To have ragchewing on Morse code completed

This fMRI study shows that perception of the Morse code activates STG while lexico-semantic process involves left IFC and OTC, known to related with lexical understanding, in addition to STG. This result means understanding what is sent with Morse code is qualitatively different from copying each Morse code. In ragchewing, we should go through this qualitative step of Morse code communication. Comparing ragchewing to second language acquisition, we should socialize Morse code communication to have ragchewing on Morse code completed.

Intelligent people could imagine what I am implicating with this post, couldn't they?


 2015 Nov;36(11):4512-28. doi: 10.1002/hbm.22939. Epub 2015 Aug 25.

From perceptual to lexico-semantic analysis--cortical plasticity enabling new levels of processing.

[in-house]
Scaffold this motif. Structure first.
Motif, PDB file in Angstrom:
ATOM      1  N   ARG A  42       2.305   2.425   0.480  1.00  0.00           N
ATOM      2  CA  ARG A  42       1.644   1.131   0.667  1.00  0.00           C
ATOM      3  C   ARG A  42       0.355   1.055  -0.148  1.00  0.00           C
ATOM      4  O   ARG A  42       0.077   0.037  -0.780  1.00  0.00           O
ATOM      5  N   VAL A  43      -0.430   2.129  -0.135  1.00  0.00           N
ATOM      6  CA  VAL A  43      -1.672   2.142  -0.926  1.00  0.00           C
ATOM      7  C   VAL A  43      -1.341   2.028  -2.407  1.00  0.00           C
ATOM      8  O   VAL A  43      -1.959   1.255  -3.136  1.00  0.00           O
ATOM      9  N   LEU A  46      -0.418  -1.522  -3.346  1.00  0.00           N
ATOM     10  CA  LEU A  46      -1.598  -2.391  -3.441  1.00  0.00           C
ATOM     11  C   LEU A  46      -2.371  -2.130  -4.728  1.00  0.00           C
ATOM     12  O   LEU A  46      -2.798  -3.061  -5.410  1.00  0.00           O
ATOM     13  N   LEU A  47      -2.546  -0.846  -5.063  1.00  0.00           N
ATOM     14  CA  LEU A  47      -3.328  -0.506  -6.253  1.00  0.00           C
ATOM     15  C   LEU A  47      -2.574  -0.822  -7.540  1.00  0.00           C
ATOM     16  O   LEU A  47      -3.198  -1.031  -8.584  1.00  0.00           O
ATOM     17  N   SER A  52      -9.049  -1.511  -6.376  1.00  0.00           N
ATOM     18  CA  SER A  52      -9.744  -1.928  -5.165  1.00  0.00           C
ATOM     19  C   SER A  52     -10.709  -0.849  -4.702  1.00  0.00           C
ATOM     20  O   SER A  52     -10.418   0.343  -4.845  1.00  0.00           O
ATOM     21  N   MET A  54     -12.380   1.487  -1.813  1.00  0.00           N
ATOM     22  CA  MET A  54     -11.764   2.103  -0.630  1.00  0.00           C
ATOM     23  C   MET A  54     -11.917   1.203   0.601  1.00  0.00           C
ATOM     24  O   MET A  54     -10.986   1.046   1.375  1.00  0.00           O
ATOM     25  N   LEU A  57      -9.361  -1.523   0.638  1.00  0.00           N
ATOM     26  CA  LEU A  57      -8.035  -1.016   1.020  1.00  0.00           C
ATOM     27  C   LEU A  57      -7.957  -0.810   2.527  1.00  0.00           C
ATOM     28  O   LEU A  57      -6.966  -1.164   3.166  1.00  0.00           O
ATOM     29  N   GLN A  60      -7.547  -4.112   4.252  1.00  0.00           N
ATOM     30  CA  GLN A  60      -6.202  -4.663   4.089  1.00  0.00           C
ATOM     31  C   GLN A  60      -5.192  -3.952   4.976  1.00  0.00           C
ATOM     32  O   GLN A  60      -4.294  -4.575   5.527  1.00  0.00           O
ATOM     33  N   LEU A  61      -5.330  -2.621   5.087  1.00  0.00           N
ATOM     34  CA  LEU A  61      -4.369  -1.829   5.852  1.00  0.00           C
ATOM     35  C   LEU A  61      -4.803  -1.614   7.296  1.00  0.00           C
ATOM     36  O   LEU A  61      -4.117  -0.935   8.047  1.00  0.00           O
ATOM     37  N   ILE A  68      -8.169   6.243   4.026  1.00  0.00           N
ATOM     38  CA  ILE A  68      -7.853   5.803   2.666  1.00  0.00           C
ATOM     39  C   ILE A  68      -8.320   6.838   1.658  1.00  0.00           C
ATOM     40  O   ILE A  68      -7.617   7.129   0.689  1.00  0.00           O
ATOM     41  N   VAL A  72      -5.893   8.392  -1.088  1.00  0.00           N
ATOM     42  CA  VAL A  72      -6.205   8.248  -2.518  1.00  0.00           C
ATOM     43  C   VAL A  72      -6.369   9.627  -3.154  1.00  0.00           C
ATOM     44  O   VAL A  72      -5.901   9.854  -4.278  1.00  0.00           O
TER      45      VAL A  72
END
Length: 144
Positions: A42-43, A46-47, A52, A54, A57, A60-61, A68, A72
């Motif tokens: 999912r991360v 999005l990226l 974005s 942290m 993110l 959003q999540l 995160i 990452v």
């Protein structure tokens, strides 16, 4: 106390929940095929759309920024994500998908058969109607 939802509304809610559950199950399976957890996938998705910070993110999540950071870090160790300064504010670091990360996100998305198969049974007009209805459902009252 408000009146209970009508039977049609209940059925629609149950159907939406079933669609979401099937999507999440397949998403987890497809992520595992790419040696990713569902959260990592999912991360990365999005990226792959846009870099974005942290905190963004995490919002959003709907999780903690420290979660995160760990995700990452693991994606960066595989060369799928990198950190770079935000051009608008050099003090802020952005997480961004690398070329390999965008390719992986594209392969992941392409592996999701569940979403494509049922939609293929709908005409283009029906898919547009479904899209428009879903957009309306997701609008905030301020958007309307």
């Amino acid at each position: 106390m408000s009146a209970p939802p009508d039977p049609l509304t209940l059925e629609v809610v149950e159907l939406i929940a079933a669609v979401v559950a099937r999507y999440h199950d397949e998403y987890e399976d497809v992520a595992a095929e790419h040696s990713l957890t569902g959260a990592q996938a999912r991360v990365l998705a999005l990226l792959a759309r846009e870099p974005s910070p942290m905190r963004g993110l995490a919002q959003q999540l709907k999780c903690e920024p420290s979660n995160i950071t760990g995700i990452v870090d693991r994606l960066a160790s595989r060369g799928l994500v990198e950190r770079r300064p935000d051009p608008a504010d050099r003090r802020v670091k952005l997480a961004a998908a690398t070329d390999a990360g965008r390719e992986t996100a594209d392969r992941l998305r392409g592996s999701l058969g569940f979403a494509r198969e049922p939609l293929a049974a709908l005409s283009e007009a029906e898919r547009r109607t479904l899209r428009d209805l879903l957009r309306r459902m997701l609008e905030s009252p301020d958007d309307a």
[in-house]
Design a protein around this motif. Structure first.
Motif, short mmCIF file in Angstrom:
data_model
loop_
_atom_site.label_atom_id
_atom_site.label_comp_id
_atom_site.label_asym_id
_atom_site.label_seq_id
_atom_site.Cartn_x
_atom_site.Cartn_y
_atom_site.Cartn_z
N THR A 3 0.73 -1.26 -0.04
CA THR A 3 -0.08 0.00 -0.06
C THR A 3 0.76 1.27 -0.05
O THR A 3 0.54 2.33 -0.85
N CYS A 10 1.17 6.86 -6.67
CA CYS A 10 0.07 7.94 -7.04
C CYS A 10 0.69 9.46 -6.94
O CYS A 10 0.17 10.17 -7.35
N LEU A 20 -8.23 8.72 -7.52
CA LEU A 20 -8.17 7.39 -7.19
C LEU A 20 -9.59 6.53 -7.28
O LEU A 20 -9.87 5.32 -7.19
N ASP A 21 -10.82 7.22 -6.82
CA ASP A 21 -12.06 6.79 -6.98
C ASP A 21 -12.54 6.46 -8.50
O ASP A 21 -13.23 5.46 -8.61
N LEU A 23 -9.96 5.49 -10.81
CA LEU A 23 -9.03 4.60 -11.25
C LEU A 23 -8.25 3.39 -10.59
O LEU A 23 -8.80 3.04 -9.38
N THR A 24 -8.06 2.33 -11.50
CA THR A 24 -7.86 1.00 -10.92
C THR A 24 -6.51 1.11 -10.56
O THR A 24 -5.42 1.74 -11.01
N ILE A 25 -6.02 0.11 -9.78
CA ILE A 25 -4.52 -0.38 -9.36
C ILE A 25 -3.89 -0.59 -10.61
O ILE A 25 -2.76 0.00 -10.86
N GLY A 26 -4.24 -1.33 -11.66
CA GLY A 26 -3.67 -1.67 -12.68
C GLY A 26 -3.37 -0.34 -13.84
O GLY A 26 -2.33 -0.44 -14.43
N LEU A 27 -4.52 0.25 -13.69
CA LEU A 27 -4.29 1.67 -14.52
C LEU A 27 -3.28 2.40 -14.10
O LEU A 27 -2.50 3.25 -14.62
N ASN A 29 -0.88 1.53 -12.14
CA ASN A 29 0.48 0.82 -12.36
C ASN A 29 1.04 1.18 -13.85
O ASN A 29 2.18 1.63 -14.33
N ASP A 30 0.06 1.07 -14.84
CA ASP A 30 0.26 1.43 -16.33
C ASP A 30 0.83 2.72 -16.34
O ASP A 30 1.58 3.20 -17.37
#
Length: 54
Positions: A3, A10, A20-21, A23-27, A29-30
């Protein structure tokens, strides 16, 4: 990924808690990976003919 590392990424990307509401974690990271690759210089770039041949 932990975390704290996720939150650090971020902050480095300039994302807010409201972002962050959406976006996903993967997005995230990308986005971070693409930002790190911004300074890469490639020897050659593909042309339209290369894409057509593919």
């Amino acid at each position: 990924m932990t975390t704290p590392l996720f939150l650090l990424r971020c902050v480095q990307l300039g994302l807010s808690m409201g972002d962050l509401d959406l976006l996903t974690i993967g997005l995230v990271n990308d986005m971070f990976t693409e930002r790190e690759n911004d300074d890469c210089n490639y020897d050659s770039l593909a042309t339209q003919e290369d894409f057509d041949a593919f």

Certain kinds of stimuli can be processed on multiple levels. While the neural correlates of different levels of processing (LOPs) have been investigated to some extent, most of the studies involve skills and/or knowledge already present when performing the task. In this study we specifically sought to identify neural correlates of an evolving skill that allows the transition from perceptual to a lexico-semantic stimulus analysis. Eighteen participants were trained to decode 12 letters of Morse code that were presented acoustically inside and outside of the scanner environment. Morse code was presented in trains of three letters while brain activity was assessed with fMRI. Participants either attended to the stimulus length (perceptual analysis), or evaluated its meaning distinguishing words from nonwords (lexico-semantic analysis). Perceptual and lexico-semantic analyses shared a mutual network comprising the left premotor cortex, the supplementary motor area (SMA) and the inferior parietal lobule (IPL). Perceptual analysis was associated with a strong brain activation in the SMA and the superior temporal gyrus bilaterally (STG), which remained unaltered from pre and post training. In the lexico-semantic analysis post learning, study participants showed additional activation in the left inferior frontal cortex (IFC) and in the left occipitotemporal cortex (OTC), regions known to be critically involved in lexical processing. Our data provide evidence for cortical plasticity evolving with a learning process enabling the transition from perceptual to lexico-semantic stimulus analysis. Importantly, the activation pattern remains task-related LOP and is thus the result of a decision process as to which LOP to engage in.

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